suppose he was referring to any other new covenant than the one 

"j. Behm, "AiaGriKri," TDNT 1 (1964) 125. His entire discussion of this term is 
excellent and highly recommended (see pp. 104-34). 


foretold in the OT. The absence of any clarification or further dis- 
closure by Jesus reinforces this conclusion. 

The Lord Jesus used the occasion in the upper room on the eve 
of crucifixion to announce that his death would establish the New 
Covenant. His words also made it clear that his blood was shed "for 
you"; hence the disciples were participants and beneficiaries in some 
sense. Furthermore, the context records the command for perpetua- 
tion of the ceremony as a remembrance, thus pointing to the future 
significance for those disciples and others whom they would enlist 
(Luke 22:19). 

Paul's References to the New Covenant 

The first Pauline use of the phrase "new covenant" occurs in his 
first canonical letter written in Corinth, "In the same way He took the 
cup also, after supper, saying. This cup is the new covenant in My 
blood; do this, as often as you drink it, in remembrance of Me" 
(1 Cor 11:25). Here Paul was endeavoring to correct some abuses in 
the church at Corinth regarding inappropriate conduct at the Lord's 
Supper (1 Cor 1 1:20). The meal they were eating together had become 
a selfish, uncharitable scene of mere temporal gratification. Surely it 
was an unworthy preparation for the ceremonial bread and cup to 
follow. Consequently Paul referred the readers to the events of the 
last supper, and quoted the words of Jesus regarding the meaning of 
the symbols. It is clear that he regarded the Corinthians' observance 
as the perpetuation of what Jesus had instituted, even though it had 
undergone some gross distortion by their practices. It was the distor- 
tion he was correcting, not their understanding of Jesus' command 
that the blood of the new covenant was to be remembered by them. 

Paul's second use of the phrase occurs in a totally different con- 
text, although written to the same church. He wrote, "who also made 
us adequate as servants of a new covenant, not of the letter, but of 
the Spirit; for the letter kills, but the Spirit gives life" (2 Cor 3:6). In 
this passage Paul was exulting in the ministry which God had given 
him under the New Covenant as compared to the Mosaic covenant, 
which he characterized as a ministry of condemnation and death. The 
OT period was a time of fading glory (3:7) with Jewish hearts being 
veiled from clear understanding (3:14). However, as t*aul proclaimed 
the gospel of Christ, the energizing power of the Spirit made alive 
those who responded. The obscuring veil was removed (3:16), true 
spiritual liberty resulted (3:17), and life was possessed by every believer 
(3:6). Allowing Paul to define his own terms, the "new covenant" 
(which his preaching of the gospel was promoting) was the same new 
covenant which Jesus announced in the upper room and which his 
death secured for believers. 


References to the New Covenant in Hebrews 

The expression "new covenant" occurs three times in the epistle 
to the Hebrews. In one of these the word "new" is different from the 
other two. In addition several other references in Hebrews employ the 
word "covenant" alone but are presumably references also to the New 
Covenant (8:10, 13;9:15^; 10:16). 

The first reference is the author's quotation of Jer 31:31, "For 
finding fault with them. He says. Behold days are coming, says the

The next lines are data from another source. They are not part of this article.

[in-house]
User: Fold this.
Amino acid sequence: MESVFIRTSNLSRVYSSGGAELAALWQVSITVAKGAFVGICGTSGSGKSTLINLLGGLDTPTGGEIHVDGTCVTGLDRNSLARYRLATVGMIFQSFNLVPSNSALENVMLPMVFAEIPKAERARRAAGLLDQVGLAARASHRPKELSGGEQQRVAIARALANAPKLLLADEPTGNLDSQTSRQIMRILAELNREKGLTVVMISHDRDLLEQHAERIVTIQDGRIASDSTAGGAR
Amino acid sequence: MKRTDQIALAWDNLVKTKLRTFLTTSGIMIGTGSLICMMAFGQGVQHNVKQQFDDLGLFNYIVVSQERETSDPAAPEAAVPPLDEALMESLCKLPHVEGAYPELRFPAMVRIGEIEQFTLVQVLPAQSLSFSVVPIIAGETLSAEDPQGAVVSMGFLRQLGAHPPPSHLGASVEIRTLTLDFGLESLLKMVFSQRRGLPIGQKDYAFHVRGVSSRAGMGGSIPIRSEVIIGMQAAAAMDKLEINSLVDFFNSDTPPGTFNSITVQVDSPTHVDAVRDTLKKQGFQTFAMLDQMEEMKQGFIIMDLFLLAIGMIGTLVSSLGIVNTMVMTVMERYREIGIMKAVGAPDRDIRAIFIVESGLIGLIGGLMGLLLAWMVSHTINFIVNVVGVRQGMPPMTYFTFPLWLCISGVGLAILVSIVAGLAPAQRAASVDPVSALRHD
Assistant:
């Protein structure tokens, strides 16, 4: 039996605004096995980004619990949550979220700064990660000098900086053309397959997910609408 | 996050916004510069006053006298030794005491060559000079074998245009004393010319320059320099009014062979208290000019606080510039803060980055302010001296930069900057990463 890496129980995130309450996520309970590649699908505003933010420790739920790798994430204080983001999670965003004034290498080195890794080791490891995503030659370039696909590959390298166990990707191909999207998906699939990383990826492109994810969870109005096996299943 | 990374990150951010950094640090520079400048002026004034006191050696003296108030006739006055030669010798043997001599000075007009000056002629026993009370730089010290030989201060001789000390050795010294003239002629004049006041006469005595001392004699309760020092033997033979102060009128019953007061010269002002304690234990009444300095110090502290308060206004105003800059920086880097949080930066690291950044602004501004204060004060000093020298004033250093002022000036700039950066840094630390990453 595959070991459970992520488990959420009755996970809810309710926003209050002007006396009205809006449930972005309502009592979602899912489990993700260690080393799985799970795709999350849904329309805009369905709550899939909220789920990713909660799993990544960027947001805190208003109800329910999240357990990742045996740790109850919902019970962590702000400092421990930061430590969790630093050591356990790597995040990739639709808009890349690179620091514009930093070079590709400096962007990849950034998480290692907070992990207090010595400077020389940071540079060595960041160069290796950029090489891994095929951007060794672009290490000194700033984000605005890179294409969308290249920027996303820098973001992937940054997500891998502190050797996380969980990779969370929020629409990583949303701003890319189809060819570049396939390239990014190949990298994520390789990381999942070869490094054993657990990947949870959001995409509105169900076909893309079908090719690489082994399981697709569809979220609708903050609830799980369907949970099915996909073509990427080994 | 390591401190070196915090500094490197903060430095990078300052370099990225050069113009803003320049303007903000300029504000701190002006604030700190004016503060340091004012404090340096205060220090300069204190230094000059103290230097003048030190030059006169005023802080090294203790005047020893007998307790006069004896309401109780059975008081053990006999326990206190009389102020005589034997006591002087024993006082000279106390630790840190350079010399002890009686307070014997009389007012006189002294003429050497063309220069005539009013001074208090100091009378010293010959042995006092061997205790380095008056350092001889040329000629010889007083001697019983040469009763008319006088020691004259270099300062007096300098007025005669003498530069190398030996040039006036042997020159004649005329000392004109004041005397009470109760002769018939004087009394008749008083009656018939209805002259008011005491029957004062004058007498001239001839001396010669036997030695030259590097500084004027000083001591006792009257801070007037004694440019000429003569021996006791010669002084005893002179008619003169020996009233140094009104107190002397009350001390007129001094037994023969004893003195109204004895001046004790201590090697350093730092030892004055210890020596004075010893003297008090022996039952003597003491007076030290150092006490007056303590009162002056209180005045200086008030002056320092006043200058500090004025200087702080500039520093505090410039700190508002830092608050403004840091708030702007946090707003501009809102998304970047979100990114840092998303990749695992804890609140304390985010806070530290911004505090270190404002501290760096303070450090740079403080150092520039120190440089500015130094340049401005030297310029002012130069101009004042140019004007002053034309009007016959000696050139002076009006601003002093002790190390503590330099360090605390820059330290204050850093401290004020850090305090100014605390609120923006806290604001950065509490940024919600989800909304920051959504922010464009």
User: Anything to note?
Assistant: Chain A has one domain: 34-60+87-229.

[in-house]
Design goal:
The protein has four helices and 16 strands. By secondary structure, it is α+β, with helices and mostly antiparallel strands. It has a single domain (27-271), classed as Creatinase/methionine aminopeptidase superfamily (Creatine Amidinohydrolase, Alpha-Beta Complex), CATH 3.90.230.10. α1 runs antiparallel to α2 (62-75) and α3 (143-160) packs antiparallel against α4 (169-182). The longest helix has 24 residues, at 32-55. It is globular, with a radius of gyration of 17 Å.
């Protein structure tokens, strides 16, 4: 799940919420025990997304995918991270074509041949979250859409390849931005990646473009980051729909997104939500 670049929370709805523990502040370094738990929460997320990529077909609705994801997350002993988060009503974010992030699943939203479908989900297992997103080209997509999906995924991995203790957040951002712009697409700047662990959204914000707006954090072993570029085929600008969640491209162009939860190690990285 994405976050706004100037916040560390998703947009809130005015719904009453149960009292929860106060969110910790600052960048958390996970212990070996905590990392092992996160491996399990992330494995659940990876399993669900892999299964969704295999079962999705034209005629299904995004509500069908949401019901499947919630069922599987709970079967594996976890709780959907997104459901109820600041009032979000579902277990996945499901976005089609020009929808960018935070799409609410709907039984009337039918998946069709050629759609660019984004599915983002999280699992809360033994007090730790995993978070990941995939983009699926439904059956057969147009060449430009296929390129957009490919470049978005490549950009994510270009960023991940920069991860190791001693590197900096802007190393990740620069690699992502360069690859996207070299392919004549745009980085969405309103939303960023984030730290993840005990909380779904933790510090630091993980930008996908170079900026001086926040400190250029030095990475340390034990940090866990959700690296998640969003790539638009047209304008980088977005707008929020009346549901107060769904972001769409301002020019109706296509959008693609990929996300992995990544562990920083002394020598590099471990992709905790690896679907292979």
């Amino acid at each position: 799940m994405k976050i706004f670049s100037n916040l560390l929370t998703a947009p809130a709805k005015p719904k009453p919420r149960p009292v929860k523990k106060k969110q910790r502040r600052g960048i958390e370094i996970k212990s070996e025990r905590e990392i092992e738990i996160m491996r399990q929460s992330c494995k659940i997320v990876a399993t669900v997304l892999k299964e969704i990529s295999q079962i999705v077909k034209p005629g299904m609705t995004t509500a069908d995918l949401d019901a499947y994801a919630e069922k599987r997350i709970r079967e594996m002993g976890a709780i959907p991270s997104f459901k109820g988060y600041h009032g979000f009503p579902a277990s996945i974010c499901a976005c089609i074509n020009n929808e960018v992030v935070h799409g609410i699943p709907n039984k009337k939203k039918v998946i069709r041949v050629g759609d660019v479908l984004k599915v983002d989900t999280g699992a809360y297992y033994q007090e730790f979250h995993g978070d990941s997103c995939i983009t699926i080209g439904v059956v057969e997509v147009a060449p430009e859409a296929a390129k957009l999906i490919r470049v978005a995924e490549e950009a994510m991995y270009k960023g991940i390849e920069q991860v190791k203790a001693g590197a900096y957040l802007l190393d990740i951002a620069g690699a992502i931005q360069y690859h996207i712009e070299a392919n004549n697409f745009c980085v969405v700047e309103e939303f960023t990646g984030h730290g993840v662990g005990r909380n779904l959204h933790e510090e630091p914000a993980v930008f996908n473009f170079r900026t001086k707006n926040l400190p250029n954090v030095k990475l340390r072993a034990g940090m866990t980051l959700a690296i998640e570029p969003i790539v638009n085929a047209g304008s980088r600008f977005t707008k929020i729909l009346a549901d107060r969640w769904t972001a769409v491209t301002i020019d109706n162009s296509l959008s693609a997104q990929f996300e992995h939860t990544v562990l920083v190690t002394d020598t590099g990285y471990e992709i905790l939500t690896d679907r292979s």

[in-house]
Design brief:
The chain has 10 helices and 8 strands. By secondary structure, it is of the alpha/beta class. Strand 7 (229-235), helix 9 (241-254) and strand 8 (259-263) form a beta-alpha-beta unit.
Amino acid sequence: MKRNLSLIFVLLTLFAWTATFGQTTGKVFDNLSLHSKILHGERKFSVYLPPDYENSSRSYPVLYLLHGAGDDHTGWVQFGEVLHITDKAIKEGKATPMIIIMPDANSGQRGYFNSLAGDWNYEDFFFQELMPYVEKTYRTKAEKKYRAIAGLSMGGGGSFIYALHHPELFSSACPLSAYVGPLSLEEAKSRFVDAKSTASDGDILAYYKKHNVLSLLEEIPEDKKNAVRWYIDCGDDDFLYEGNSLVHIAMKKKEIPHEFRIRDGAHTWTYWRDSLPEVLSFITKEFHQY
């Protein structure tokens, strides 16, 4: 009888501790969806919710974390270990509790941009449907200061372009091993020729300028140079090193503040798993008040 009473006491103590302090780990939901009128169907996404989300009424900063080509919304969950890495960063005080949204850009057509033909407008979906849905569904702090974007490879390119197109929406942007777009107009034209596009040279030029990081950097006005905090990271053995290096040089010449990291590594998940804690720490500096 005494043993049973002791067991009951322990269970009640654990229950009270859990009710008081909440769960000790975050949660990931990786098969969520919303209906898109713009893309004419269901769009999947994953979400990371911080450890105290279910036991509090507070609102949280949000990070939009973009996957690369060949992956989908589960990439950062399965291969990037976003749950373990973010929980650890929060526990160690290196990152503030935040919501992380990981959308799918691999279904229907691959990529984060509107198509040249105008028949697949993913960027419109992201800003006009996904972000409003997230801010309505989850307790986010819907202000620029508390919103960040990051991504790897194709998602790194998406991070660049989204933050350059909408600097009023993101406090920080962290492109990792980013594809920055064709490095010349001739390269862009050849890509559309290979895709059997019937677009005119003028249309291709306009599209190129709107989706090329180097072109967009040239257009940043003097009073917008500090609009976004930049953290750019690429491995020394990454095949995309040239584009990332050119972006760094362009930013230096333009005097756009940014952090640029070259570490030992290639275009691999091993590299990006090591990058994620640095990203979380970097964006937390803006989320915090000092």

Lord, when I will effect a new covenant with the house of Israel and 
with the house of Judah" (8:8). In this section of Hebrews the author 
cited the entire paragraph from Jeremiah (31:31-34) and used it to sup- 
port his contention that Christ had become the mediator of a better 
covenant than that of Moses; Christ established the New Covenant 
of Jeremiah's prophecy. The author cited enough of Jeremiah to 
convey the basic promises of the New Covenant. This enabled the 
readers to see clearly that their Christian experience paralleled much 
of what had been promised. 

The first promise mentioned that under the New Covenant God's 
laws would be implanted in the very minds and hearts of the partici- 
pants (Heb 8:10; Jer 31:33). No longer would those laws be only an 
external code inscribed on stone. Thus compliance would be by inner 
desire, not by outward compulsion. This transformation is the very 
essence of regeneration. This promise of inner change was clearly 
specified also in Ezek 36:26-27. 

This does not mean that no Jew under the Mosaic Covenant had 
a transformed heart. What is being stated is that the New Covenant 
itself would provide this for every participant. Such was not the case 
with the Mosaic Covenant. Even though it was obviously possible to 
know God and have a transformed heart during OT times, the old 
covenant itself did not provide this. Many Jews lived under the pro- 
visions of the Mosaic Covenant and still died in unbelief. The New 
Covenant, however, guarantees regeneration to its beneficiaries. 

The second promise of the New Covenant assured that its provi- 
sions would be efficacious to every participant (Heb 8:1 1; Jer 31:34^). 
The knowledge of God would not be dependent upon further revela- 
tion and instruction from prophets, priests, or more knowledgeable 
neighbors. Only true believers will participate in the New Covenant, 
and God will plant the knowledge of himself in their hearts by his 
Spirit. Every believer without exception will have this knowledge. 

Jesus taught the same truth: "It is written in the prophets, and 
they shall all be taught of God. Everyone who has heard and learned 
from the Father, comes to me" (John 6:45). The apostle John con- 
veyed the same truth: "But you have an anointing from the Holy One, 
and you all know" (1 John 2:20); "And as for you, the anointing 


which you received from Him abides in you, and you have no need